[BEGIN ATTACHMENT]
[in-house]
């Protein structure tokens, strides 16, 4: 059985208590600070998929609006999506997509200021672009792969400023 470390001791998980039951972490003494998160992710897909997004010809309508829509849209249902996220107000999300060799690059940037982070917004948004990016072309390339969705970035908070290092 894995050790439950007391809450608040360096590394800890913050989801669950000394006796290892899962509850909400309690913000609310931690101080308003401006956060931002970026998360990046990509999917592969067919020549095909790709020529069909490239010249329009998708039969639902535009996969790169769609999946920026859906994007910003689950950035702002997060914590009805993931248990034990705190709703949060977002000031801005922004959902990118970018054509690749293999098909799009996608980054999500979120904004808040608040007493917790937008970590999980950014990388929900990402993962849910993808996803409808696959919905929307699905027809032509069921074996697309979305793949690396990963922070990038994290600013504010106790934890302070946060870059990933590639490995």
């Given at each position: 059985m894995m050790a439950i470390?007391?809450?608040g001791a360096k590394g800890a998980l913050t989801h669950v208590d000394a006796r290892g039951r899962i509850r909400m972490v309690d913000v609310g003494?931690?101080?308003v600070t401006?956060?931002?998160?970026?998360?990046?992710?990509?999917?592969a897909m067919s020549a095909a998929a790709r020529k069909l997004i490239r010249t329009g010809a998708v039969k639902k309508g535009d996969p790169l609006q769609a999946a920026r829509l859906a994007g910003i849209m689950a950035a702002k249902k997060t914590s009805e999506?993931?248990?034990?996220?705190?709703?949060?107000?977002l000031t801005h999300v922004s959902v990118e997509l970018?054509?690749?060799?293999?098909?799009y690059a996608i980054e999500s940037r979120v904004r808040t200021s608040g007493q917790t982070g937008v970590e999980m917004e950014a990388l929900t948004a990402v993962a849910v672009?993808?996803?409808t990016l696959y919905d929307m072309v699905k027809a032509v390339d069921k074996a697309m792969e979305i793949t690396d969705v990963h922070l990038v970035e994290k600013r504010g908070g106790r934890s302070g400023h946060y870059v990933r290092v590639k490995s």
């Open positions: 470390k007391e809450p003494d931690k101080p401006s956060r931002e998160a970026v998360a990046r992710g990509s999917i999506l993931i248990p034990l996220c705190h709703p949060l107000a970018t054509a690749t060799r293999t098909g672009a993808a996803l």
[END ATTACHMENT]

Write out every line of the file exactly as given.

[in-house]
């Protein structure tokens, strides 16, 4: 059985208590600070998929609006999506997509200021672009792969400023 470390001791998980039951972490003494998160992710897909997004010809309508829509849209249902996220107000999300060799690059940037982070917004948004990016072309390339969705970035908070290092 894995050790439950007391809450608040360096590394800890913050989801669950000394006796290892899962509850909400309690913000609310931690101080308003401006956060931002970026998360990046990509999917592969067919020549095909790709020529069909490239010249329009998708039969639902535009996969790169769609999946920026859906994007910003689950950035702002997060914590009805993931248990034990705190709703949060977002000031801005922004959902990118970018054509690749293999098909799009996608980054999500979120904004808040608040007493917790937008970590999980950014990388929900990402993962849910993808996803409808696959919905929307699905027809032509069921074996697309979305793949690396990963922070990038994290600013504010106790934890302070946060870059990933590639490995």
């Given at each position: 059985m894995m050790a439950i470390?007391?809450?608040g001791a360096k590394g800890a998980l913050t989801h669950v208590d000394a006796r290892g039951r899962i509850r909400m972490v309690d913000v609310g003494?931690?101080?308003v600070t401006?956060?931002?998160?970026?998360?990046?992710?990509?999917?592969a897909m067919s020549a095909a998929a790709r020529k069909l997004i490239r010249t329009g010809a998708v039969k639902k309508g535009d996969p790169l609006q769609a999946a920026r829509l859906a994007g910003i849209m689950a950035a702002k249902k997060t914590s009805e999506?993931?248990?034990?996220?705190?709703?949060?107000?977002l000031t801005h999300v922004s959902v990118e997509l970018?054509?690749?060799?293999?098909?799009y690059a996608i980054e999500s940037r979120v904004r808040t200021s608040g007493q917790t982070g937008v970590e999980m917004e950014a990388l929900t948004a990402v993962a849910v672009?993808?996803?409808t990016l696959y919905d929307m072309v699905k027809a032509v390339d069921k074996a697309m792969e979305i793949t690396d969705v990963h922070l990038v970035e994290k600013r504010g908070g106790r934890s302070g400023h946060y870059v990933r290092v590639k490995s």
């Open positions: 470390k007391e809450p003494d931690k101080p401006s956060r931002e998160a970026v998360a990046r992710g990509s999917i999506l993931i248990p034990l996220c705190h709703p949060l107000a970018t054509a690749t060799r293999t098909g672009a993808a996803l």